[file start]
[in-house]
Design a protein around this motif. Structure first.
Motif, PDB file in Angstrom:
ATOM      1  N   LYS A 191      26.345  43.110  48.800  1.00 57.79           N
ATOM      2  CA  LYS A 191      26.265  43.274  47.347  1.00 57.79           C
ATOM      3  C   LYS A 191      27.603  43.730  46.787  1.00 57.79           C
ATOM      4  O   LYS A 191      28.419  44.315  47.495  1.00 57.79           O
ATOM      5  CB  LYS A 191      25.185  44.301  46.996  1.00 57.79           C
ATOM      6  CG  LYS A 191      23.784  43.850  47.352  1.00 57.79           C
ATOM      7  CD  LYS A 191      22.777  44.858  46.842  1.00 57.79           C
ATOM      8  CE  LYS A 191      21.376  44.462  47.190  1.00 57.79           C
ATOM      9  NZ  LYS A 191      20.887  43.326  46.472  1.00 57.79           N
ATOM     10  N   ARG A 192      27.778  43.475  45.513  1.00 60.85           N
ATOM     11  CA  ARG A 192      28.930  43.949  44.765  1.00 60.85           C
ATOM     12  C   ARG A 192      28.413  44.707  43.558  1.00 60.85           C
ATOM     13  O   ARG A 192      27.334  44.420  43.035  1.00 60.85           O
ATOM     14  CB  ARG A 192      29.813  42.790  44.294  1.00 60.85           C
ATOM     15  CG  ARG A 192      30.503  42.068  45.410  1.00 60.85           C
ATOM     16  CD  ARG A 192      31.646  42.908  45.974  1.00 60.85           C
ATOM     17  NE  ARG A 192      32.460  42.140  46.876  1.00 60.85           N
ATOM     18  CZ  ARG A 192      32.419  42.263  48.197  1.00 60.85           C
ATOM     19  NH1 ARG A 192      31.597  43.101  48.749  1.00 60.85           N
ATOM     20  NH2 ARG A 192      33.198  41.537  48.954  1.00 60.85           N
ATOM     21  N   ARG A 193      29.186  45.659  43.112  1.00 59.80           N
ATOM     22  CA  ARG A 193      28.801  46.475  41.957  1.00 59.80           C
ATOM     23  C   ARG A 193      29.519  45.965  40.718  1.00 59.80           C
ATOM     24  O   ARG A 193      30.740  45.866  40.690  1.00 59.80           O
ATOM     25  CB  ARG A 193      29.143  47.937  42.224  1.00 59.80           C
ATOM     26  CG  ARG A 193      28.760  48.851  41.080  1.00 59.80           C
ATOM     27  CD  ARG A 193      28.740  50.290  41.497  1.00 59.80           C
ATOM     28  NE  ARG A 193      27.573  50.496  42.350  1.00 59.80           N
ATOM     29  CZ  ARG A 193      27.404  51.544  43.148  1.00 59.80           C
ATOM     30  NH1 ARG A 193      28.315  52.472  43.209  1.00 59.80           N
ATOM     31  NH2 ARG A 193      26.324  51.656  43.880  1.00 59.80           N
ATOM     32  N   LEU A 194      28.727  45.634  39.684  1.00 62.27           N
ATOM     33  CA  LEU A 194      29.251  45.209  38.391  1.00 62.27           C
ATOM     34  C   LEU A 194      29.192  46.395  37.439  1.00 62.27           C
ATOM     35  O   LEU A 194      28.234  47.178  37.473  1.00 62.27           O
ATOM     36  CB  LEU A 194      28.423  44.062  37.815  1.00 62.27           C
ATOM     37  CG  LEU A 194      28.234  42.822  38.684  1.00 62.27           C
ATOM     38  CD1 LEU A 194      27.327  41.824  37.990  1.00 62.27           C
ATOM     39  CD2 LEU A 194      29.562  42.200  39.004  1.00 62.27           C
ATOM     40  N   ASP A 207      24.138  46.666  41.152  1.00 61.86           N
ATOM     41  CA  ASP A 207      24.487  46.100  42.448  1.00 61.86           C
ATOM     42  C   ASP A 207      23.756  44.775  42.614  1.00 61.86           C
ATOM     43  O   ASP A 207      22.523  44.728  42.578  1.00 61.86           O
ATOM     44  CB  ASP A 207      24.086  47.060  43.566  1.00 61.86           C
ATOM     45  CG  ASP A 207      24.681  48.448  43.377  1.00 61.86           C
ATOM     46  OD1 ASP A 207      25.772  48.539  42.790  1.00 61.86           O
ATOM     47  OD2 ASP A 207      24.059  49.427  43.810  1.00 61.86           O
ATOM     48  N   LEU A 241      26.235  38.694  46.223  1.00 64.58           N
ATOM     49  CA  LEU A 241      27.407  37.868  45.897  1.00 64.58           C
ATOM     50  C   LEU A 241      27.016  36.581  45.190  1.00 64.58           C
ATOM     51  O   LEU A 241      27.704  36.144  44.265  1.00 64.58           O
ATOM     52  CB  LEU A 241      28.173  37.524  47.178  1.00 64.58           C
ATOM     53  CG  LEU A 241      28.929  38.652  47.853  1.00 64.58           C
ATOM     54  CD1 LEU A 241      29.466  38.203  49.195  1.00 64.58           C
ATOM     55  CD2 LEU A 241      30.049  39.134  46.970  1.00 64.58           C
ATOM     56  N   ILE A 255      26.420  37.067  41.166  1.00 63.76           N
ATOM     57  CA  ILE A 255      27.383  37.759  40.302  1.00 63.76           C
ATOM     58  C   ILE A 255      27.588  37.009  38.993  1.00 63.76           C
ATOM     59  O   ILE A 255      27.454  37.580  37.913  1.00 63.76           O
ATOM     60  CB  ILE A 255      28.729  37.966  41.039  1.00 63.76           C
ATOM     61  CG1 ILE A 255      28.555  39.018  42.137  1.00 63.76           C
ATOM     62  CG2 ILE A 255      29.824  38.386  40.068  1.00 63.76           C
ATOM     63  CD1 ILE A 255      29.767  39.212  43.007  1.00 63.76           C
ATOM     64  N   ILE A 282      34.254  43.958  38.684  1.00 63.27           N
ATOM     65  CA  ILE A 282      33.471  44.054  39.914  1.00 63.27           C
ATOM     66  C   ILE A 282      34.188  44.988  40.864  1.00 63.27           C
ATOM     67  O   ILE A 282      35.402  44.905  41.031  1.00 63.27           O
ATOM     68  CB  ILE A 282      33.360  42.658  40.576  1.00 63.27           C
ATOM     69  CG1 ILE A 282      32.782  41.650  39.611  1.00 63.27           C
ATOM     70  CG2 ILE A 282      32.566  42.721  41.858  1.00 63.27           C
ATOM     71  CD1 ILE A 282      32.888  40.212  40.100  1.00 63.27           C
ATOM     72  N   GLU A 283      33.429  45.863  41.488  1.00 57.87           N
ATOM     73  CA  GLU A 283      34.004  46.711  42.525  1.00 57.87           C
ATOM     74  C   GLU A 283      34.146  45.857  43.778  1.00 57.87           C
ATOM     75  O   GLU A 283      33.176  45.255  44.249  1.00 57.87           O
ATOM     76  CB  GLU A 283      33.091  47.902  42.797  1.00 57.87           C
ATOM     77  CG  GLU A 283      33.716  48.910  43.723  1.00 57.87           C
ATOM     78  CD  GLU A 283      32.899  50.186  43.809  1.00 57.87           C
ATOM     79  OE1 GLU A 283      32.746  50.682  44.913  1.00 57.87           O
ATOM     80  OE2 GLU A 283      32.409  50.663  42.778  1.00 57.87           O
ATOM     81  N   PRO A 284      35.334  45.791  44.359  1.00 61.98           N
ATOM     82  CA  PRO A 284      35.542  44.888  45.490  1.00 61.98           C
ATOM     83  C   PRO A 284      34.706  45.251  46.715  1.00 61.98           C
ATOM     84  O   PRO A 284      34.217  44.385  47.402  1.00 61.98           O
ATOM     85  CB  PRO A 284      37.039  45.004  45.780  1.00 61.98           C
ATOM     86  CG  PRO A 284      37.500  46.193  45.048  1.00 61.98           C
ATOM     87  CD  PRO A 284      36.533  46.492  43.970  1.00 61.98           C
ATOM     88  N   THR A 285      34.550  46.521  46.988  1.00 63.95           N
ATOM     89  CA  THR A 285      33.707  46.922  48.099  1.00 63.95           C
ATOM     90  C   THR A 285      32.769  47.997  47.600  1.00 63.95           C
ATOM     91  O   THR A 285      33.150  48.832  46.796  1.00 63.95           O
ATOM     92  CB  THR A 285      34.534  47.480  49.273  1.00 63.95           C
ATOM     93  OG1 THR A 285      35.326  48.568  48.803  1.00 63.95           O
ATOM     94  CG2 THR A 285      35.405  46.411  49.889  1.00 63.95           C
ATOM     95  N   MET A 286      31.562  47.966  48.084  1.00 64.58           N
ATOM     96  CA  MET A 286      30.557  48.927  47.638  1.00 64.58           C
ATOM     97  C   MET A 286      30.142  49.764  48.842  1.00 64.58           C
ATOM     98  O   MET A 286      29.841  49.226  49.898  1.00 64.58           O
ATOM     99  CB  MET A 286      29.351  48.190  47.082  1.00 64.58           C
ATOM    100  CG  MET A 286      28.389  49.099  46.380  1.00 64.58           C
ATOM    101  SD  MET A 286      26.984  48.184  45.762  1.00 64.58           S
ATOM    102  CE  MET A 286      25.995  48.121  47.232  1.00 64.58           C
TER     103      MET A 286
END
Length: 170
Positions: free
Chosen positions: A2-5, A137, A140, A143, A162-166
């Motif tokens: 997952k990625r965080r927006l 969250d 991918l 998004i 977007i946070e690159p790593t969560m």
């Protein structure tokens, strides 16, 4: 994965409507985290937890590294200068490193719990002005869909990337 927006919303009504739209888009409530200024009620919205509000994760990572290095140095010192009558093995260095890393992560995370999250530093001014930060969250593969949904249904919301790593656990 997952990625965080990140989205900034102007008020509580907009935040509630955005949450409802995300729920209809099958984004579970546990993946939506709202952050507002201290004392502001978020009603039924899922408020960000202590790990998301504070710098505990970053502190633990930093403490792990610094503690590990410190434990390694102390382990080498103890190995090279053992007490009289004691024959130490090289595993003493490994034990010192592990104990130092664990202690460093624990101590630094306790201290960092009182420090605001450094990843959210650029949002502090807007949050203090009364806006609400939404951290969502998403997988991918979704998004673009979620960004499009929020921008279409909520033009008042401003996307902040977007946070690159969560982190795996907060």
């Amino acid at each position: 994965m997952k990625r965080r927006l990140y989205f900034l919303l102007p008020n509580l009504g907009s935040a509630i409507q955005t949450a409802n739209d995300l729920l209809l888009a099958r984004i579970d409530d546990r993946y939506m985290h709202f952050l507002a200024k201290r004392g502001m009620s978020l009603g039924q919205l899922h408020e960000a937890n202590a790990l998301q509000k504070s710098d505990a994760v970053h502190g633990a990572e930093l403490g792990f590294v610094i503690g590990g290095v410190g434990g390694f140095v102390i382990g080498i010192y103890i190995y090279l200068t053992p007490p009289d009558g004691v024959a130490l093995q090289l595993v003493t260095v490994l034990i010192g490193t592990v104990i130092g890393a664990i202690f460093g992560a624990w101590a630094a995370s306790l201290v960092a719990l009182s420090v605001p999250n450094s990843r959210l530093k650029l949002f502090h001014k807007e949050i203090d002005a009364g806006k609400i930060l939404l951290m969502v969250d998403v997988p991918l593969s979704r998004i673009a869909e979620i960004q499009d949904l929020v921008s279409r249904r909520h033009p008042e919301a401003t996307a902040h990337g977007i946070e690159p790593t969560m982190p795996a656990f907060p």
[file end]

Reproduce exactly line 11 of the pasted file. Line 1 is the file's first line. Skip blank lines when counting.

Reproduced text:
ATOM      8  CE  LYS A 191      21.376  44.462  47.190  1.00 57.79           C